There is a wide variety of spread strategies. The main attribute of the technique is to combine long and short option positions for the same underlying asset. These can be done using different strike prices or different expiration dates, depending on how the investor is looking to profit from the trade. However, the fundamental aspect of the spread position is that it involves simultaneously buying and selling certain options. This can involve either all puts or all calls, or a combination of the two, depending on the structure used.

An example of a relatively simple spread would be a Bull Call Spread, which involves buying calls at a certain strike price, and simultaneously selling the same number of calls at a higher strike price. There are more complicated spread strategies as well, some involving a combination of calls and puts. Examples of these would include Iron Butterflies and Iron Condors.

For all of these, the fact that the strategy involves the simultaneous long and short positions leads to offsetting vega. Whether or not they are completely vega neutral will depend on the structure. But using spreads will limit the volatility risk in the trade.

Learn More

To learn more, visit https://marketchameleon.com and our educational section at https://marketchameleon.com/Learn/Introduction

Post has attachment
Options Q&A: Why did my call options decline if the stock price went up?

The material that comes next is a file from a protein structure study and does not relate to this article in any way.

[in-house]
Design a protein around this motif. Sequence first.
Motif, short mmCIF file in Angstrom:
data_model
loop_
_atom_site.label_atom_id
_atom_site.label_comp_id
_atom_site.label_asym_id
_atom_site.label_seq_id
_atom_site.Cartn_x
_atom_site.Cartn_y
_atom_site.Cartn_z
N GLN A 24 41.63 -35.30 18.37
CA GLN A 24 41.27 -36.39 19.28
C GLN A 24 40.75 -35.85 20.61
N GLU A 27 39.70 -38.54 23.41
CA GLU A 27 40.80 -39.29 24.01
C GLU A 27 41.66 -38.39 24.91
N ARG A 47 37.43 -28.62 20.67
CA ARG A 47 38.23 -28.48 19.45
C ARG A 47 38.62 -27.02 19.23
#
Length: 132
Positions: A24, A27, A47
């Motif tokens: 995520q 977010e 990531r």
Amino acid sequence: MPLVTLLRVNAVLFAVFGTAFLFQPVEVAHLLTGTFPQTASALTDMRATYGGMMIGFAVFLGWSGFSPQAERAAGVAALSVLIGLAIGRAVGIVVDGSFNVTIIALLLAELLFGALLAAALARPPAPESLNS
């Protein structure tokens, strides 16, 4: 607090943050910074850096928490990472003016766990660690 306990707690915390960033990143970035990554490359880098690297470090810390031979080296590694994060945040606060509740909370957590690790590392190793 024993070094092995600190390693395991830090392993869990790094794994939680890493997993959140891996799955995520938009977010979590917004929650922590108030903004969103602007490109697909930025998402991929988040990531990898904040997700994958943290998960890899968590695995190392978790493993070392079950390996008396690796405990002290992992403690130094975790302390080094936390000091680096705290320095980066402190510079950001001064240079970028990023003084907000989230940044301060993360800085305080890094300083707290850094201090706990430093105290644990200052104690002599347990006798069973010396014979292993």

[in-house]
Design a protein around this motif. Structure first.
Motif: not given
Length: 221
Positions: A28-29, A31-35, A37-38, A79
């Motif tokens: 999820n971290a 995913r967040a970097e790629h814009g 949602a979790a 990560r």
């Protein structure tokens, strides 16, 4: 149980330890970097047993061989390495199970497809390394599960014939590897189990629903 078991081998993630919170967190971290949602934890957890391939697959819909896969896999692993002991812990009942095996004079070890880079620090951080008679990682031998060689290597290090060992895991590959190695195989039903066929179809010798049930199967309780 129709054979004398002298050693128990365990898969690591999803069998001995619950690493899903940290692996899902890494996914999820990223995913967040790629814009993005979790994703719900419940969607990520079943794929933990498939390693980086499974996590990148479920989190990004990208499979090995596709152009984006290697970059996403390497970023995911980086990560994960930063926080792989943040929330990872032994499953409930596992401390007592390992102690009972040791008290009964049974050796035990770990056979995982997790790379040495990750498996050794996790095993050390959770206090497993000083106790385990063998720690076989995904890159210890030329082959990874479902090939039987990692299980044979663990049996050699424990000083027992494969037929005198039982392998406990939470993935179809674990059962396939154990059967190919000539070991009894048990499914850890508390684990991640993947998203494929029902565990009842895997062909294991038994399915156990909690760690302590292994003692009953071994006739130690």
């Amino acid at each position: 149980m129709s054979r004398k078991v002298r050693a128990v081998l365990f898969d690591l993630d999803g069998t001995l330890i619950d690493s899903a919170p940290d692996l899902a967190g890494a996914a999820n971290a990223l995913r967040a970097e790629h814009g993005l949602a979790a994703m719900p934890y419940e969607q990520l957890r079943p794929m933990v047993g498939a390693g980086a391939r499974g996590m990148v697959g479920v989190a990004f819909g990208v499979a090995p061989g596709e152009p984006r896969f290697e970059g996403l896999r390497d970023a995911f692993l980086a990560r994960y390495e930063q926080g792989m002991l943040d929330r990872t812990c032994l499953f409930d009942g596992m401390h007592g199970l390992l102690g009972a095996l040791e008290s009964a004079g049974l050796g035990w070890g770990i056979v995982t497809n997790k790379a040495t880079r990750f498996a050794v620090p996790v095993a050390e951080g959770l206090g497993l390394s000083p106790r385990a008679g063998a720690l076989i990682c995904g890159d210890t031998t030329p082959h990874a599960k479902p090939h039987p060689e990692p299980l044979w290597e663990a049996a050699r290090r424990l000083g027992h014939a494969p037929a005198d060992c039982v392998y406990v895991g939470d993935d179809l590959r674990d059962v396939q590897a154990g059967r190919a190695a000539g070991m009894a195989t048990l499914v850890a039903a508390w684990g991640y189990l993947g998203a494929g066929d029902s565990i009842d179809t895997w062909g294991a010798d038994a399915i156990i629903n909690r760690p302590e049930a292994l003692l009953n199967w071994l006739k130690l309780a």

One of the biggest factors that go into option pricing is implied volatility. This fact is often underappreciated by newcomers to options trading.

It can also lead to some nasty surprises if it isn't suitably taken into account.

Beginners in option trading are often enticed by the ability to take long positions on stocks with a lower cash outlay than would be necessary than buying the stock outright. They may realize the time risk from the option expiration date, but within those confines, they view call options as equivalent to buying a stock.

This isn't true of course. Implied volatility plays a huge role in the pricing of options, and changes in implied volatility can have just as big of an effect on the price of an option as changes in the underlying stock price.

Because of this, it's often possible that one could guess right on the direction of the stock, but still lose money. They buy a call, see the stock rise before their call's expiration date, but still lose money on the trade. They are left scratching their heads, wondering what happened.